Defence lawyer Donald Presse and Crown Attorney James Clarke at the Yarmouth Justice Centre on Dec. 10. TINA COMEAU PHOTO
By Tina Comeau
The first scheduled court appearance for the former CEO of SWSDA was a brief affair in court â lasting less then three minutes â with the defendant Frank Anderson not present but instead represented by his lawyer.
Anderson is facing eight counts of uttering forged documents and one count of fraud over $5,000. The charges were announced in early October following an RCMP investigation into dealings of the South West Shore Development Authority.
The defence sought an adjournment of the arraignment during the Tuesday, Dec. 10 court appearance, with Crown Attorney James Clarke, of the Special Prosecutions Section, explaining to provincial court Judge Robert Prince the reason for the adjournment request.
âThe discussions we have had prior to court, is (the defence) is seeking additional information that may or may not be in the hands of the investigation agency at this stage,â said Clarke. âAs a result of that, it is my understanding that he will be seeking an adjournment.â
Clarke said the Crown was not opposed to the request by Andersonâs lawyer. The matter has been rescheduled for Tuesday, Jan. 28.
Outside of the courtroom Andersonâs lawyer, Donald Presse of Bedford, would not comment on what additional information the defence is seeking. All he would say is that these are very serious charges that have been laid against his client and that both he and Anderson want to ensure they have all of the information available before answering to the charges in court.
The fraud charge filed with the court reads that between Sept. 15, 2009 and April 24, 2010, at or near Yarmouth, Anderson did, by deceit, falsehood or other fraudulent means, defraud the Atlantic Canada Opportunities Agency (ACOA) of money of a value exceeding $5,000 by submitting false or improper Atlantic Canada Opportunities Agency Applicantâs Request for Payment forms, contrary to Section 380(10)(a) of the Criminal Code.
The eight other charges of uttering forged documents list separate timeframes, between the dates of Sept. 15, 2009 and April 24, 2010, in which Anderson is accused of knowingly causing ACOA âto act upon a forged document to wit: an Applicantâs Request for Payment form submitted to the Atlantic Canada Opportunities Agency as if it were genuine, contrary to Section 368(1)(b) of the Criminal Code.â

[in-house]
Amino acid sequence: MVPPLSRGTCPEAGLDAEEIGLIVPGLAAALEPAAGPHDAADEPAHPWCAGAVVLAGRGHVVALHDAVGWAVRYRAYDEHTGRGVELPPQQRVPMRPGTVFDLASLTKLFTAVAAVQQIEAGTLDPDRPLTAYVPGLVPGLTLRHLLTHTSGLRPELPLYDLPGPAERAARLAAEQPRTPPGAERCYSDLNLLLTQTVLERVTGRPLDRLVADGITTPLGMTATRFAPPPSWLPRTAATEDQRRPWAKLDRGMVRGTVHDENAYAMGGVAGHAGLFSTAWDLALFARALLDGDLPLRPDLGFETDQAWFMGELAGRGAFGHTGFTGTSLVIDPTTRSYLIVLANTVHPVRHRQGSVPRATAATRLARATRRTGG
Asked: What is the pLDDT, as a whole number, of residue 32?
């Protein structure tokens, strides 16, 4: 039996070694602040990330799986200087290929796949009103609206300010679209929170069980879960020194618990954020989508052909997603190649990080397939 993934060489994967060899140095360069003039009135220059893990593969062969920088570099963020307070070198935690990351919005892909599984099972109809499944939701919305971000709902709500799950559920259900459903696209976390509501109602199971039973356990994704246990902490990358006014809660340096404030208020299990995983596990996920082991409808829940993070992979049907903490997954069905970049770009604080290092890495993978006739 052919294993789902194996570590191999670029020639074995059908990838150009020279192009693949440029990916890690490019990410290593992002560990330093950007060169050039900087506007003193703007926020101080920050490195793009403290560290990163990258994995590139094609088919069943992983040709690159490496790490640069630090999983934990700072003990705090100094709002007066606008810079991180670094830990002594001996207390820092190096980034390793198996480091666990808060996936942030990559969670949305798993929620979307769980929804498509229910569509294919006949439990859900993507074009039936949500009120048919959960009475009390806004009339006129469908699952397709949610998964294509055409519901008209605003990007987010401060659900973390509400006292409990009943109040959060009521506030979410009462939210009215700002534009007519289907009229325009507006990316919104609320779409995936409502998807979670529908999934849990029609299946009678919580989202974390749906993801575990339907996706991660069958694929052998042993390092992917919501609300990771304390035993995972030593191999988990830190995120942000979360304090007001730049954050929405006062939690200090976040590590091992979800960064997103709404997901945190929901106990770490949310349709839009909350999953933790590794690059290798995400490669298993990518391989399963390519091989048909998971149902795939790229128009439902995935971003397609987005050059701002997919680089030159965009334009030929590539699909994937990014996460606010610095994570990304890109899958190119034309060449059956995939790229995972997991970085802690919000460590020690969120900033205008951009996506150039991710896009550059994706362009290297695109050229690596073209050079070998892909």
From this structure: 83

The charges donât specify what the requests for payments related to. The charges also donât refer to any specific dollar amounts.
In September 2012, the RCMP Federal Operations Section commenced an investigation into the South West Shore Development Authority. The matter was referred to the RCMP by the Department of Economic and Rural Development (ERDT) and its former minister Percy Paris.
The investigation revolved around findings released from an independent forensic examination of SWSDA that had been commissioned by ERDT. The investigation was extensive and included examining expense claims and supplier invoices.
The provincial government released the long-awaited report into the SWSDA forensic audit on Aug. 3, 2012. The audit, carried out by the firm Ernst and Young, pointed to cheques made out to suppliers that were never forwarded, ineffective controls over expenses, a lack of diversified skill sets on the SWSDA board, annual operating deficits and insufficient financial and project information to enable effective oversight both in the long term and on a day-to-day basis.
The forensic audit followed an examination of SWSDA's policies and procedures, which was completed in the spring of 2010.
When SWSDA was shut down in June 2010 many suppliers were left with unpaid bills. Nine municipal units were forced by the provincial government to pay back $588,000 to the Royal Bank, what it was owed by SWSDA on a guaranteed line of credit.
In all, SWSDA owed creditors around $2.3 million. Among those owned money was Garian Construction of Yarmouth County for its work in building the community centre at Par-en-Bas school Tusket. The company was owed around $350,000.
Ian McNicol, president of Garian Construction Ltd. confirmed in October that an out-of-court settlement in the case, brought on behalf of his company, had been reached prior to the provincial election on Oct. 8. Among those named in the suit were all the municipal units, and board members, that were responsible for governing the development authority.
The settlement contains a confidentiality agreement that bars McNicol from discussing the terms of the settlement, but it has been described by others as a partial repayment of the claim.